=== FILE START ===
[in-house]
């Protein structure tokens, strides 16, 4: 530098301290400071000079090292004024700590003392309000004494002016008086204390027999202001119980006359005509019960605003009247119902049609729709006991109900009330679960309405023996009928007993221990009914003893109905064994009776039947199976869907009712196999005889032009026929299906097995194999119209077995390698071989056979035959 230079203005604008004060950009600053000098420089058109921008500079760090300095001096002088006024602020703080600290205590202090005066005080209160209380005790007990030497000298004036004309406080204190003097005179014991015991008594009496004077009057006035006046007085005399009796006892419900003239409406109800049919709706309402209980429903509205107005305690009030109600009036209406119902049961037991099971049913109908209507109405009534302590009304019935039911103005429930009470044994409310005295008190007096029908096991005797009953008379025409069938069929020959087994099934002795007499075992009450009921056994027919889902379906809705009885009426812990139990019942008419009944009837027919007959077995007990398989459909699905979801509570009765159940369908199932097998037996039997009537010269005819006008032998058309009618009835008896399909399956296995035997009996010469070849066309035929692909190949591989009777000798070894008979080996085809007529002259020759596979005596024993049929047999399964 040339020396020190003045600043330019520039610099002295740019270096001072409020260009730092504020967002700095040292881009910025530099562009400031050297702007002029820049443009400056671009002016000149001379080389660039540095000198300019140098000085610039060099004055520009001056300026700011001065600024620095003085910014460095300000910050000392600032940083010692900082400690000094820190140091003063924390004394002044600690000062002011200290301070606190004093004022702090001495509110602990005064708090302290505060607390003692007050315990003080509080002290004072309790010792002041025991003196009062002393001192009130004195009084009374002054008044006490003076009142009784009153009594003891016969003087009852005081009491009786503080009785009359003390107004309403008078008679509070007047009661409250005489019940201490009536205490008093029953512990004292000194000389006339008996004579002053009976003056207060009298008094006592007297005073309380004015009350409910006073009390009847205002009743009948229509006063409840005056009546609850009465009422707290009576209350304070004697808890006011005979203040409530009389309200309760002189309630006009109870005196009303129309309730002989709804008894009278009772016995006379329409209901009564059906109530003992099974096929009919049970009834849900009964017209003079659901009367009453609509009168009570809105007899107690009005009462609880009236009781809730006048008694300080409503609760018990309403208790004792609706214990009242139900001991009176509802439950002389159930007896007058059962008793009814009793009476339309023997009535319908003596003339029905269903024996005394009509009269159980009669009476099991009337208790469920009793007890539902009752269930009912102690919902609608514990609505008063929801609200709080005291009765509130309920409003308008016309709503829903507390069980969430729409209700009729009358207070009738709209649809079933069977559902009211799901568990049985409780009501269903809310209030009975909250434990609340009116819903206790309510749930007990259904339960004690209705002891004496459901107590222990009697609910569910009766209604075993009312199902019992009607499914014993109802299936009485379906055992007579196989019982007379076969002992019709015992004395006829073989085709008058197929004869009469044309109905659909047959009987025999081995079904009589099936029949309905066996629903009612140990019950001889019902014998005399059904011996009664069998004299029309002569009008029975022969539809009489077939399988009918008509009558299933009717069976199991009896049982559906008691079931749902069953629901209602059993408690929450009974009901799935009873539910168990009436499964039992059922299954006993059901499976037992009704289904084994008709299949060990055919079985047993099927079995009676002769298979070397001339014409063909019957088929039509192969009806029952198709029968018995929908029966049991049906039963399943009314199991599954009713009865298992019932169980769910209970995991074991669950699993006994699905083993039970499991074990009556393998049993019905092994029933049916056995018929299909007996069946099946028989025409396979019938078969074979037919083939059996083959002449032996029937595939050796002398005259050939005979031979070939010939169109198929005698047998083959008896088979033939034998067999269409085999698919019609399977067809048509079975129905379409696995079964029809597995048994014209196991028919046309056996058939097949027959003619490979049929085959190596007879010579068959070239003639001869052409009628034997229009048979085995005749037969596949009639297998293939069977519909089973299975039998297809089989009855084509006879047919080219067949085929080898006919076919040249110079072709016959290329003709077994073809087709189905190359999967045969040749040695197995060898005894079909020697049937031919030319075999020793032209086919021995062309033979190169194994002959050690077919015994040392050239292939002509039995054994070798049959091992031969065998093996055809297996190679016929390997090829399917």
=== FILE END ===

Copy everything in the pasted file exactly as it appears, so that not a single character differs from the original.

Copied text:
[in-house]
């Protein structure tokens, strides 16, 4: 530098301290400071000079090292004024700590003392309000004494002016008086204390027999202001119980006359005509019960605003009247119902049609729709006991109900009330679960309405023996009928007993221990009914003893109905064994009776039947199976869907009712196999005889032009026929299906097995194999119209077995390698071989056979035959 230079203005604008004060950009600053000098420089058109921008500079760090300095001096002088006024602020703080600290205590202090005066005080209160209380005790007990030497000298004036004309406080204190003097005179014991015991008594009496004077009057006035006046007085005399009796006892419900003239409406109800049919709706309402209980429903509205107005305690009030109600009036209406119902049961037991099971049913109908209507109405009534302590009304019935039911103005429930009470044994409310005295008190007096029908096991005797009953008379025409069938069929020959087994099934002795007499075992009450009921056994027919889902379906809705009885009426812990139990019942008419009944009837027919007959077995007990398989459909699905979801509570009765159940369908199932097998037996039997009537010269005819006008032998058309009618009835008896399909399956296995035997009996010469070849066309035929692909190949591989009777000798070894008979080996085809007529002259020759596979005596024993049929047999399964 040339020396020190003045600043330019520039610099002295740019270096001072409020260009730092504020967002700095040292881009910025530099562009400031050297702007002029820049443009400056671009002016000149001379080389660039540095000198300019140098000085610039060099004055520009001056300026700011001065600024620095003085910014460095300000910050000392600032940083010692900082400690000094820190140091003063924390004394002044600690000062002011200290301070606190004093004022702090001495509110602990005064708090302290505060607390003692007050315990003080509080002290004072309790010792002041025991003196009062002393001192009130004195009084009374002054008044006490003076009142009784009153009594003891016969003087009852005081009491009786503080009785009359003390107004309403008078008679509070007047009661409250005489019940201490009536205490008093029953512990004292000194000389006339008996004579002053009976003056207060009298008094006592007297005073309380004015009350409910006073009390009847205002009743009948229509006063409840005056009546609850009465009422707290009576209350304070004697808890006011005979203040409530009389309200309760002189309630006009109870005196009303129309309730002989709804008894009278009772016995006379329409209901009564059906109530003992099974096929009919049970009834849900009964017209003079659901009367009453609509009168009570809105007899107690009005009462609880009236009781809730006048008694300080409503609760018990309403208790004792609706214990009242139900001991009176509802439950002389159930007896007058059962008793009814009793009476339309023997009535319908003596003339029905269903024996005394009509009269159980009669009476099991009337208790469920009793007890539902009752269930009912102690919902609608514990609505008063929801609200709080005291009765509130309920409003308008016309709503829903507390069980969430729409209700009729009358207070009738709209649809079933069977559902009211799901568990049985409780009501269903809310209030009975909250434990609340009116819903206790309510749930007990259904339960004690209705002891004496459901107590222990009697609910569910009766209604075993009312199902019992009607499914014993109802299936009485379906055992007579196989019982007379076969002992019709015992004395006829073989085709008058197929004869009469044309109905659909047959009987025999081995079904009589099936029949309905066996629903009612140990019950001889019902014998005399059904011996009664069998004299029309002569009008029975022969539809009489077939399988009918008509009558299933009717069976199991009896049982559906008691079931749902069953629901209602059993408690929450009974009901799935009873539910168990009436499964039992059922299954006993059901499976037992009704289904084994008709299949060990055919079985047993099927079995009676002769298979070397001339014409063909019957088929039509192969009806029952198709029968018995929908029966049991049906039963399943009314199991599954009713009865298992019932169980769910209970995991074991669950699993006994699905083993039970499991074990009556393998049993019905092994029933049916056995018929299909007996069946099946028989025409396979019938078969074979037919083939059996083959002449032996029937595939050796002398005259050939005979031979070939010939169109198929005698047998083959008896088979033939034998067999269409085999698919019609399977067809048509079975129905379409696995079964029809597995048994014209196991028919046309056996058939097949027959003619490979049929085959190596007879010579068959070239003639001869052409009628034997229009048979085995005749037969596949009639297998293939069977519909089973299975039998297809089989009855084509006879047919080219067949085929080898006919076919040249110079072709016959290329003709077994073809087709189905190359999967045969040749040695197995060898005894079909020697049937031919030319075999020793032209086919021995062309033979190169194994002959050690077919015994040392050239292939002509039995054994070798049959091992031969065998093996055809297996190679016929390997090829399917």